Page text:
Note that details given in this section refer to senior football teams. In terms of colours and jumper designs, junior football teams generally follow the same design as senior teams. Netball teams share much the same colour combination, typically with a skirt of one of the primary team colours and a top of the other colour. Years in the league for other teams are also mainly in line with the club's senior football, although clubs are not always able to field all teams in any given year.
|Club||Colours||Nickname||Home ground||Years in Competition||Senior Premierships (known)||Total|
|Bruthen||Bulldogs||Bruthen Rec. Reserve||1978 – present||1979, 1984, 1985, 1988, 1989, 2003, 2017, 2018, 2019||9|
|Buchan||Cavemen||Buchan Rec. Reserve||1978 – present||1983, 1987, 1998, 2004, 2005||5|
|Lindenow South Rec. Res.||2004 – present||2012, 2013, 2015, 2016, 2022||5|
|Omeo – Benambra||Ranges|
|Omeo Recreation Reserve||2007 – present||2007|
NB: the two clubs merged in 2007 – see below for prior records, inc. a combined 54 flags
|Swan Reach||Swans||Swan Reach Rec. Reserve||1997 – present||1999, 2009, 2014||3|
|Swifts Creek||Demons||Swifts Creek Rec. Reserve||1893 – present||1893, 1908, 1909, 1910, 1911, 1912, 1913, 1914, 1919, 1920, 1925, 1926, 1931, 1935, 1938, 1945, 1959, 1978, 1980, 1981, 1982, 1993, 1997, 2001, 2002, 2008, 2010, 2011||28|
*Note that the jumper design shown is a representation of the club's most recent jumper design. Most designs have been changed over the years, some quite significantly.
|Club||Jumper*||Nickname||Home ground||Years in Competition||Senior Premierships (known)||Total|
|Benambra||Bloods||Benambra Memorial Recreation Reserve||1895 – 2006;|
merged with Omeo
|1900, 1927, 1928, 1930, 1932, 1939, 1953, 1955, 1956, 1957, 1958, 1961, 1968, 1969, 1973, 1974, 1990, 1994, 2000, 2006||20|
|Bindi||Unknown||Unknown||1907, 1908, 1914;|
| Cassilis |
(aka Long Gully)
|Unknown||Unknown||Long Gully Oval||1893 – 1919;|
|1894, 1895, 1896, 1898, 1905, 1906, 1907, 1914||8|
|Ensay||Eagles||Ensay Recreation Reserve||1900 – 1995;|
|1907, 1919, 1920, 1934, 1936, 1940, 1946, 1947, 1950, 1960||10|
|Glen Wills||Unknown||Unknown||1894 – 1895;|
|Lake Tyers||Sea Eagles||Lake Tyers Oval||1996 – 1997;|
voted out of league
|Little River||Unknown||Unknown||1919 – 1921;|
folded/merged with Ensay
|Omeo||Maroons||Omeo Recreation Reserve||1893 – 2006;|
merged with Benambra
|1897, 1899, 1901, 1903, 1904, 1921, 1922, 1923, 1924, 1929, 1933, 1937, 1948, 1949, 1951, 1952, 1954, 1962, 1963, 1964, 1965, 1966, 1967, 1970, 1971, 1972, 1975, 1976, 1977, 1986, 1991, 1992, 1995, 1996||34|
|Reedy Creek||Unknown||Unknown||1919 – 1921, 1925;|
folded/merged with Ensay
*Note that the jumper design shown is a representation of the club's final known jumper design. Where the design is unknown, a representation of the club colours, if known, is displayed instead.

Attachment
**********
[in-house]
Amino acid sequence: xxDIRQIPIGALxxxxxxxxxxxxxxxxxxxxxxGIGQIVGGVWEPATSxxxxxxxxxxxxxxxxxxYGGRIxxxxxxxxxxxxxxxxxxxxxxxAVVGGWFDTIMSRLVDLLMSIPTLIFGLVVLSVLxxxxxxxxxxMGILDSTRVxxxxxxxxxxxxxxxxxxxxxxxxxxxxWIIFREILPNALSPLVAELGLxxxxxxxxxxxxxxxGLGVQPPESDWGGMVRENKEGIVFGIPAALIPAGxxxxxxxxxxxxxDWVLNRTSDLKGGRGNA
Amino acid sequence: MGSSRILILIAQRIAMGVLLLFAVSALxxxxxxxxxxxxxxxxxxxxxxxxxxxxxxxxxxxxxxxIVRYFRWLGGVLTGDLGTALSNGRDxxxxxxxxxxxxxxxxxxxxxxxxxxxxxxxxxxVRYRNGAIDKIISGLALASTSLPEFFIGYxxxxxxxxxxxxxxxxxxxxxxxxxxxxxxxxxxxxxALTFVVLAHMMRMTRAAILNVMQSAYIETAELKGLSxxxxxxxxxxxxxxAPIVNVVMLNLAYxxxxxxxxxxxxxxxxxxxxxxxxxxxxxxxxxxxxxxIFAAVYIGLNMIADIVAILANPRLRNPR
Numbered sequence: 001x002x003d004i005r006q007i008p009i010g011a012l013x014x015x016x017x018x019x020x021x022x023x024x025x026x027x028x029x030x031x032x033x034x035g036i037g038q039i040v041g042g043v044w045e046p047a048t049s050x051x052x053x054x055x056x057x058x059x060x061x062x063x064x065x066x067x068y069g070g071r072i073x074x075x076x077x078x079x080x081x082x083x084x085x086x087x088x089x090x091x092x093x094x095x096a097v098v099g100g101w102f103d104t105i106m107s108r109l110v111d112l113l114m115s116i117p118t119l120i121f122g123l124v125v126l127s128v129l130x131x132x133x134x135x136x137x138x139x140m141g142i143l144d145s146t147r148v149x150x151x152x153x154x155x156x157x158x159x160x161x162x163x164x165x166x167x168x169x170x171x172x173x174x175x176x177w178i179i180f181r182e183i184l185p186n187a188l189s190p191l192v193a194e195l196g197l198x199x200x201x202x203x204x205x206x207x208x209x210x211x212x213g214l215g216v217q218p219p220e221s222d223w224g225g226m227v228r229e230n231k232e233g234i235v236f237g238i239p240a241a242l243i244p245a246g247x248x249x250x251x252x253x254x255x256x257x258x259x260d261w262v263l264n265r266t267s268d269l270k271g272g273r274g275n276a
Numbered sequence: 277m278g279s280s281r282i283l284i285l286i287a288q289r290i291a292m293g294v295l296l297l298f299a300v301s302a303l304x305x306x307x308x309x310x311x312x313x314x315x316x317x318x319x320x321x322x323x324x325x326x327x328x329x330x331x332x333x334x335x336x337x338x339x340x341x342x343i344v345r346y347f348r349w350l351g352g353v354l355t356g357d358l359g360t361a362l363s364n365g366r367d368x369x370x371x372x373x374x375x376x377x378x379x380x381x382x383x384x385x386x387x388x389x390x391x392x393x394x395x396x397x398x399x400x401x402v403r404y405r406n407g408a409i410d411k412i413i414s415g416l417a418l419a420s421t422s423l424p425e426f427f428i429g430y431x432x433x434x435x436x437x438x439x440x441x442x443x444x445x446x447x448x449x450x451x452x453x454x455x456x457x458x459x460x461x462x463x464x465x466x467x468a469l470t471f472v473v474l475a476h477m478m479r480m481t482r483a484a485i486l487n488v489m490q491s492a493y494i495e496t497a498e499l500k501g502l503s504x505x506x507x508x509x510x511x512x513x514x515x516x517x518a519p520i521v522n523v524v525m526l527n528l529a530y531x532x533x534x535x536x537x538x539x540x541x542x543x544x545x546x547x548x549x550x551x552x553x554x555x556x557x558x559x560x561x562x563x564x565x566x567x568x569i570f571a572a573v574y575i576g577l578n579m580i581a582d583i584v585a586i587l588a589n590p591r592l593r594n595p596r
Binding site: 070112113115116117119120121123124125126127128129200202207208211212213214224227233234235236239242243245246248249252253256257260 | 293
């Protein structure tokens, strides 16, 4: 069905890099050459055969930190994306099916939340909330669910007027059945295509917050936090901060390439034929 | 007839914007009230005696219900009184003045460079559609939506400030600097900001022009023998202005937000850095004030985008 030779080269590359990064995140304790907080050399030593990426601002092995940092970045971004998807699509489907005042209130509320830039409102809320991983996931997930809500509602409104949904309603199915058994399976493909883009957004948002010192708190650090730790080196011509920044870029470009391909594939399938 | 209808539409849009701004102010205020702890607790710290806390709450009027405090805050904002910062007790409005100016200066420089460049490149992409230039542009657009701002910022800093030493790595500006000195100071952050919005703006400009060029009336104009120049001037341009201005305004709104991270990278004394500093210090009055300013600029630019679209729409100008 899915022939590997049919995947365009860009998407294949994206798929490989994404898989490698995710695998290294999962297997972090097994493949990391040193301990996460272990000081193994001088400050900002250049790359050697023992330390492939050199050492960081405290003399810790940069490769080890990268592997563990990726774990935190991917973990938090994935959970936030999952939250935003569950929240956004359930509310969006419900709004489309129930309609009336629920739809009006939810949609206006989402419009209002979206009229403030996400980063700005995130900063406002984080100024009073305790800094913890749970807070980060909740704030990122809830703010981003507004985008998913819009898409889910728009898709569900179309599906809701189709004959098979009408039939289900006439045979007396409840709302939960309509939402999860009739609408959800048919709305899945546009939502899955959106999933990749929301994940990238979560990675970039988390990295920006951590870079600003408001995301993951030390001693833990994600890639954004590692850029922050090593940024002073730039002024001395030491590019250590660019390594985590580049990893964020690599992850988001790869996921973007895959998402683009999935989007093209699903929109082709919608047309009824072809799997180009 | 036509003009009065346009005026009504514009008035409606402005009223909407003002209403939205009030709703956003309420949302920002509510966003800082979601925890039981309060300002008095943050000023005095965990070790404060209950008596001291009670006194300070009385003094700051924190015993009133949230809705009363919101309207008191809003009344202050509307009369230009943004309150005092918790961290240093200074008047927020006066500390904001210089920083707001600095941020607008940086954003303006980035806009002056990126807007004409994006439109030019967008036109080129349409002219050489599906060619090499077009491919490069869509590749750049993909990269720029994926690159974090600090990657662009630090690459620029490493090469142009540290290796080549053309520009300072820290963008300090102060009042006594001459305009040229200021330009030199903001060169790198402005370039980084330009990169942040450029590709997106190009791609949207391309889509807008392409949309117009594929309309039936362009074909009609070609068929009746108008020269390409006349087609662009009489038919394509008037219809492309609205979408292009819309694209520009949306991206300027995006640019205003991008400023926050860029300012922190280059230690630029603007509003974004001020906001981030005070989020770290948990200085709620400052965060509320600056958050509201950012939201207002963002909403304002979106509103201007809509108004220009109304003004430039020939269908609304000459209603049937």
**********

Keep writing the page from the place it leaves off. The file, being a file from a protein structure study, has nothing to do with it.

|2022||Lindenow South||Swifts Creek||15.12 (102) – 10.7 (67)||35|
|2020||No competition (COVID-19)|
|2019||Bruthen||Omeo-Benambra||10.12 (72) – 8.11 (59)||13|
|2018||Bruthen||Swifts Creek||14.11 (95) – 10.9 (69)||26|
|2017||Bruthen||Lindenow South||18.11 (119) – 14.16 (100)||19|
|2016||Lindenow South||Swan Reach||19.22 (136) – 9.7 (61)||75|
|2015||Lindenow South||Buchan||22.13 (145) – 13.20 (98)||47|
|2014||Swan Reach||Omeo-Benambra||28.24 (192) – 12.13 (85)||107|
|2013||Lindenow South||Swifts Creek||19.10 (124) – 12.17 (89)||35|
|2012||Lindenow South||Swifts Creek||20.15 (135) – 10.10 (70)||65|
|2011||Swifts Creek||Lindenow South||17.17 (119) – 11.15 (81)||38|
|2010||Swifts Creek||Bruthen||22.12 (144) – 13.10 (88)||56|
|2009||Swan Reach||Swifts Creek||25.19 (169) – 21.7 (133)||36|
|2008||Swifts Creek||Bruthen||16.12 (108) – 13.9 (87)||21|
|2007||Omeo-Benambra||Swan Reach||24.12 (156) – 13.8 (86)||70|
|2006||Benambra||Swifts Creek||19.16 (130) – 9.9 (63)||67|
|Benambra||Swifts Creek||15.11 (101) – 16.5 (101)||Draw|
|2005||Buchan||Omeo||18 12 (120) – 14.13 (97)||23|
|2004||Buchan||Omeo||14.10 (94) – 9.15 (69)||25|
|2003||Bruthen||Swan Reach||17.15 (117) – 15.12 (102)||15|
|2002||Swifts Creek||Omeo||16.12 (108) – 11.16 (82)||26|
|2001||Swifts Creek||Buchan||16.12 (108) – 10.12 (72)||36|
|2000||Benambra||Omeo||10.17 (77) – 11.9 (75)||2|
|1999||Swan Reach||Bruthen||25.15 (165) – 5.10 (40)||125|
|1998||Buchan||Benambra||19.8 (122) – 11.3 (69)||53|
|1997||Swifts Creek||Lake Tyers||28.14 (182) – 13.9 (87)||95|
|1996||Omeo||Swifts Creek||10.15 (75) – 9.6 (60)||15|
|1995||Omeo||Swifts Creek||18.5 (113) – 10.9 (69)||44|
|1994||Benambra||Swifts Creek||20.19 (139) – 14.12 (96)||43|
|1993||Swifts Creek||Bruthen||20.12 (132) – 15.7 (97)||35|
|1992||Omeo||Swifts Creek||12.12 (84) – 9.18 (72)||12|
|1991||Omeo||Benambra||18.18 (126) – 17.12 (114)||12|
|1990||Benambra||Buchan||25.17 (167) – 8.2 (50)||117|
|1989||Bruthen||Benambra||16.18 (114) – 6.11 (47)||67|
|1988||Bruthen||Benambra||18.18 (126) – 11.18 (84)||44|